|Steven James Williams|
We played in the same brass quintet at the University of Southern California while we pursued our Masters' degrees in performance. When we toured the US playing the show "Bugs Bunny on Broadway," he instigated discussions on the philosophy and meaning of Chuck Jones' 1955 Warner Brothers' cartoon, "One Froggy Evening," including the central question of whether Michigan J. Frog was consciously evil or merely had bad timing. And his exacting work as tonmeister for my CD of original music for brass quintet, Watercolor Menagerie, was essential to its success. Good times. Good guy.
Steve ponders things deeply, not that he makes it obvious. He's an easygoing Southern gentleman, of a refined Tennessee variety, and he goes through life with a light touch, a helping hand, and a cheerful smile. He has a terrific sense of humor. We've had many a good chin wag over the years.
He's also a composer of considerable depth and quality.
This blog announces the publication of Steve's "Mass for Brass Quintet." I find it to be profoundly intellectual, yet immediately appealing – highly satisfying to both player and listener. It is carefully based on centuries-old contrapuntal techniques, yet it is always fresh and interesting. It makes you think (or at least, it makes me think), which is an admirable achievement – one not universally attained by composers of concert music.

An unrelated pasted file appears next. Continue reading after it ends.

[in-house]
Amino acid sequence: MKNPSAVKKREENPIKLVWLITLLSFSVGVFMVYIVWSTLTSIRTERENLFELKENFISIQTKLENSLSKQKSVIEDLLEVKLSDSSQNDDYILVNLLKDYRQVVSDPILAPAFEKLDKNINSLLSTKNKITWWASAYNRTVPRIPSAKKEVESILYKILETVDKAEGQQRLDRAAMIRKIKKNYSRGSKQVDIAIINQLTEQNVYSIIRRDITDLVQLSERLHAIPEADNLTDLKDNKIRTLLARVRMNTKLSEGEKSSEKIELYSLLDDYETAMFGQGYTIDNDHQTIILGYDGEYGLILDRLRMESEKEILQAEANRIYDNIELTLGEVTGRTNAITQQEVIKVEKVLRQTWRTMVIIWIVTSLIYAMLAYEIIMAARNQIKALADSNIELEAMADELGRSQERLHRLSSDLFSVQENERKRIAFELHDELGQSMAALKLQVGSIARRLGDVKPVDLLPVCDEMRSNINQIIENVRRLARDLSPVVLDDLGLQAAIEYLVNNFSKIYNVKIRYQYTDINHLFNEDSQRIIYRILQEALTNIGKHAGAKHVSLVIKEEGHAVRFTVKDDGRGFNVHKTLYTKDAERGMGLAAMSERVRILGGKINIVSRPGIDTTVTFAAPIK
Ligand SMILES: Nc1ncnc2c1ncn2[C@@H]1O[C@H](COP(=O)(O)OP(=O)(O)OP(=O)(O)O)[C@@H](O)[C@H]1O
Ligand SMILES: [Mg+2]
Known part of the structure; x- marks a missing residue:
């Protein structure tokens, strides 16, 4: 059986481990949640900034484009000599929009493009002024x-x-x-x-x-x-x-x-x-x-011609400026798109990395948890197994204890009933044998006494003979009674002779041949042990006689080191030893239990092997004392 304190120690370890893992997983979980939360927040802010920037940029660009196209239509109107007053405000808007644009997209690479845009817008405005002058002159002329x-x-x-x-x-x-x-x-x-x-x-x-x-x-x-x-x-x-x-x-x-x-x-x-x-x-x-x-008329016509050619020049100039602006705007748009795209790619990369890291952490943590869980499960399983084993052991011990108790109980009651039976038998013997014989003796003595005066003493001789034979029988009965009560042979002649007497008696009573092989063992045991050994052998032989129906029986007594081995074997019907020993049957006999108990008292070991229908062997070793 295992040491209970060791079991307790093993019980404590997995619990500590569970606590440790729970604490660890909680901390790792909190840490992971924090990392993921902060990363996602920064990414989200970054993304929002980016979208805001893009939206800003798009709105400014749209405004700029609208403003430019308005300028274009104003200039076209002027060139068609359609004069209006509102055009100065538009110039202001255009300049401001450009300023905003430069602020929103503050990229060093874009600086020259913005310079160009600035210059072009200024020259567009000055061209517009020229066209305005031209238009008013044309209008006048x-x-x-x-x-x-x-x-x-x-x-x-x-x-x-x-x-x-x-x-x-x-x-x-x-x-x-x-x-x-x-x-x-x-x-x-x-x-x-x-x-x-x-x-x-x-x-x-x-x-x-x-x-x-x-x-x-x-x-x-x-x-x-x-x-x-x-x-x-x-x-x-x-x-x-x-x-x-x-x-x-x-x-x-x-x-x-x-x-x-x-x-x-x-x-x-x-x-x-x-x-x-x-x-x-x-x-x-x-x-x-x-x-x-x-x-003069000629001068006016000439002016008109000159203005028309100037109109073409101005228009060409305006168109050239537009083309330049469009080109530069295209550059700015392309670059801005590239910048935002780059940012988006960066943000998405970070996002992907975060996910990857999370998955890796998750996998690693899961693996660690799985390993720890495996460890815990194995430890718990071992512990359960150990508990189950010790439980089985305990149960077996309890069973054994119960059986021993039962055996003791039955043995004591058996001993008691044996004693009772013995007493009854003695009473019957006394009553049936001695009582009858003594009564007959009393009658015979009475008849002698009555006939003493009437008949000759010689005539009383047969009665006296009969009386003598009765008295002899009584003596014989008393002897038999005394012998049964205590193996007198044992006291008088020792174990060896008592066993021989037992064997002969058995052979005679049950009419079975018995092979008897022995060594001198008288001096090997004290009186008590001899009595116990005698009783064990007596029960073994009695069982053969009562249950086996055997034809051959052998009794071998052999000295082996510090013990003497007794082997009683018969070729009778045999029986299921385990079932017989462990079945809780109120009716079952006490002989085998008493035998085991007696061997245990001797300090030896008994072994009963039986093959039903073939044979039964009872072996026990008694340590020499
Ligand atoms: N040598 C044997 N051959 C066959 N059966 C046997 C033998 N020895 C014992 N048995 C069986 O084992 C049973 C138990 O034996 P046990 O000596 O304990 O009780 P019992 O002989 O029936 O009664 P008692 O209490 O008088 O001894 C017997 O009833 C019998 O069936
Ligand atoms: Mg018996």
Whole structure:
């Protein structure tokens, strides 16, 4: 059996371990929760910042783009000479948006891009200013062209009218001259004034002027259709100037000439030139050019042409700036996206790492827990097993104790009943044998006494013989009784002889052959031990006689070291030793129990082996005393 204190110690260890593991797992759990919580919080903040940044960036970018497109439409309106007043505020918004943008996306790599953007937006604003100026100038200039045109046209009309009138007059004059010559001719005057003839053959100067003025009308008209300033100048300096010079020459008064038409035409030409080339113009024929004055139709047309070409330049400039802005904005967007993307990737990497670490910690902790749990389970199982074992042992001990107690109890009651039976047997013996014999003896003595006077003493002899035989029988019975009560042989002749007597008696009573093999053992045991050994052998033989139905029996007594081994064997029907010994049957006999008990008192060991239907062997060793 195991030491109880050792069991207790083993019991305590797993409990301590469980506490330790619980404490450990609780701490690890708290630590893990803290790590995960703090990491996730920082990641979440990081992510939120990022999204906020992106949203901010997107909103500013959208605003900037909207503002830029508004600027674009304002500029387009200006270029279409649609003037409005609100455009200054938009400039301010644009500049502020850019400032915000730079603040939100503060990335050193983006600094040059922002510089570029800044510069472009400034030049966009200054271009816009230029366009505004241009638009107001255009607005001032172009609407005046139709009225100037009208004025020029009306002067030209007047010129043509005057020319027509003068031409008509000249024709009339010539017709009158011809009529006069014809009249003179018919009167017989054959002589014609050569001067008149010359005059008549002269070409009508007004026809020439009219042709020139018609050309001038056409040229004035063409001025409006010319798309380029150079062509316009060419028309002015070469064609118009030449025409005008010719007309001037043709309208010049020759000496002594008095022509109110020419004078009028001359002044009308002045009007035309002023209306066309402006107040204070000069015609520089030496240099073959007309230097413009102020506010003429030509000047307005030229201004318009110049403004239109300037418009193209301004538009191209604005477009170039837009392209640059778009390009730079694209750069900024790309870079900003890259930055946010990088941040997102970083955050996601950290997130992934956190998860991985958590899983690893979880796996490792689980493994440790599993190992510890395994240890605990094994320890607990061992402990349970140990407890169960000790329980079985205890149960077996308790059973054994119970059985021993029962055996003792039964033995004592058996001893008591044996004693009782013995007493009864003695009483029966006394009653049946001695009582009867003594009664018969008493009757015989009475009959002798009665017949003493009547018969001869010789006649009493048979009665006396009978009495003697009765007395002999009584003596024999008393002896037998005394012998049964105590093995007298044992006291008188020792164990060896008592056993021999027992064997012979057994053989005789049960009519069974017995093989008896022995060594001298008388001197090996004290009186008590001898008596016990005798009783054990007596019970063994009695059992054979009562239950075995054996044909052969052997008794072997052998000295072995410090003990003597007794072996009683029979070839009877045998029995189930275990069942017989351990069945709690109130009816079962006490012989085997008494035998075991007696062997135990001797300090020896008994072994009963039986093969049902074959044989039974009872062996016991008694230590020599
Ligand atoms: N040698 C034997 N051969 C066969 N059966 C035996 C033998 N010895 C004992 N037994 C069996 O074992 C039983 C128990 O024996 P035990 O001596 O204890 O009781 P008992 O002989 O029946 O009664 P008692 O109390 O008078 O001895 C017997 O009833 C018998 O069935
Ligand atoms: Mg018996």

The work is in five movements: I. Compassio; II. Bellitat; III. Fides; IV. Sacer; and V. Ephemer. Its duration is about 25 minutes total. The work calls for two trumpets in B-flat, horn, trombone, and tuba (the tuba part may be performed on bass trombone). It is well scored and eminently playable by advanced players. He calls for mutes more often than many composers do – even requiring "practice" mutes, which are traditionally not intended for use in concert – and the sound world he achieves ranges from bold to ethereal. I have loved the work since I first heard and played it, and it is the first original composition other than my own works that I have published.
You can hear excerpts of the five movements of Steve's Mass for Brass Quintet on YouTube.
Please visit this page at the Premiere Press site for more information and to place an order.